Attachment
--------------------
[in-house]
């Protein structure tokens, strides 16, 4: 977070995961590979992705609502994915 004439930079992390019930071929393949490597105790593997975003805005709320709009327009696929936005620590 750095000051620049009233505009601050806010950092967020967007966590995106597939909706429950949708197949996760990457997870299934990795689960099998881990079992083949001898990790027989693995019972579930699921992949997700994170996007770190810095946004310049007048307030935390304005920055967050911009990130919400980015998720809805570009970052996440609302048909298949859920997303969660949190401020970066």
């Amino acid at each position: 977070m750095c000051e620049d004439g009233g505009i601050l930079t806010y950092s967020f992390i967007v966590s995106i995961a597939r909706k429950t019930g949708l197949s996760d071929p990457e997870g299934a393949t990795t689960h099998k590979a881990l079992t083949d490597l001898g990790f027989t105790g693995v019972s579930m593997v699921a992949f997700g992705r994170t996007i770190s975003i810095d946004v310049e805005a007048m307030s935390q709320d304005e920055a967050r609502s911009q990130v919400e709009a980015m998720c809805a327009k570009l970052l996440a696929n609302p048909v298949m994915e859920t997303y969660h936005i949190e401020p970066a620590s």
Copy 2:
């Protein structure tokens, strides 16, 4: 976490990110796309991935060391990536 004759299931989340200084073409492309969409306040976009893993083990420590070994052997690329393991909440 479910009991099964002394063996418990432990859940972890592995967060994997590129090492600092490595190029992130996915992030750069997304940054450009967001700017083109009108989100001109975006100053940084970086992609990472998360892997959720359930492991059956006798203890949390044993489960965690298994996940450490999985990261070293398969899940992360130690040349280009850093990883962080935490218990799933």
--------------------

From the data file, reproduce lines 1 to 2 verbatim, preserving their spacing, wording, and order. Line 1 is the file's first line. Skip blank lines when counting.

[in-house]
């Protein structure tokens, strides 16, 4: 977070995961590979992705609502994915 004439930079992390019930071929393949490597105790593997975003805005709320709009327009696929936005620590 750095000051620049009233505009601050806010950092967020967007966590995106597939909706429950949708197949996760990457997870299934990795689960099998881990079992083949001898990790027989693995019972579930699921992949997700994170996007770190810095946004310049007048307030935390304005920055967050911009990130919400980015998720809805570009970052996440609302048909298949859920997303969660949190401020970066």